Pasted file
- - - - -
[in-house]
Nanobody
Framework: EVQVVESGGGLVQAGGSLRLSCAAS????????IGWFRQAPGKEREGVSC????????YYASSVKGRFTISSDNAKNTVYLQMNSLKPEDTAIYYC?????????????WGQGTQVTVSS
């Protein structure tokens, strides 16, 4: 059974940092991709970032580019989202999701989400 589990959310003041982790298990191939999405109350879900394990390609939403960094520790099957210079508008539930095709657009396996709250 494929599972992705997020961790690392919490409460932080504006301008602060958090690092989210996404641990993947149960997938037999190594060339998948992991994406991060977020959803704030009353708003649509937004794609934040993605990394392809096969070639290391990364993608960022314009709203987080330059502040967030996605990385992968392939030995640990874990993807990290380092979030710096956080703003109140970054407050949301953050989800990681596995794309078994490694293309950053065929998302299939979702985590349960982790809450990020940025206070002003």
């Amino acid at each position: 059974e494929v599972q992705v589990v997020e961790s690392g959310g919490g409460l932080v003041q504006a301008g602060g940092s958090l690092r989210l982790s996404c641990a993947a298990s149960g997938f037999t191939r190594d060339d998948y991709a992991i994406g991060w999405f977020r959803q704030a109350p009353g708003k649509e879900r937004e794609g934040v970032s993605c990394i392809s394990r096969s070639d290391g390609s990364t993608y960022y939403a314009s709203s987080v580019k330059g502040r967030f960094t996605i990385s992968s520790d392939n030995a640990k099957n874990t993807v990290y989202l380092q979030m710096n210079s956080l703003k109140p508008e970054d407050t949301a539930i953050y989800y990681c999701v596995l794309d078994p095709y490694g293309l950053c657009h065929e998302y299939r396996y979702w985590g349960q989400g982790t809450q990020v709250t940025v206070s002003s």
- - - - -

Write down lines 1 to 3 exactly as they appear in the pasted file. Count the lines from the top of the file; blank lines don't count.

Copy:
[in-house]
Nanobody
Framework: EVQVVESGGGLVQAGGSLRLSCAAS????????IGWFRQAPGKEREGVSC????????YYASSVKGRFTISSDNAKNTVYLQMNSLKPEDTAIYYC?????????????WGQGTQVTVSS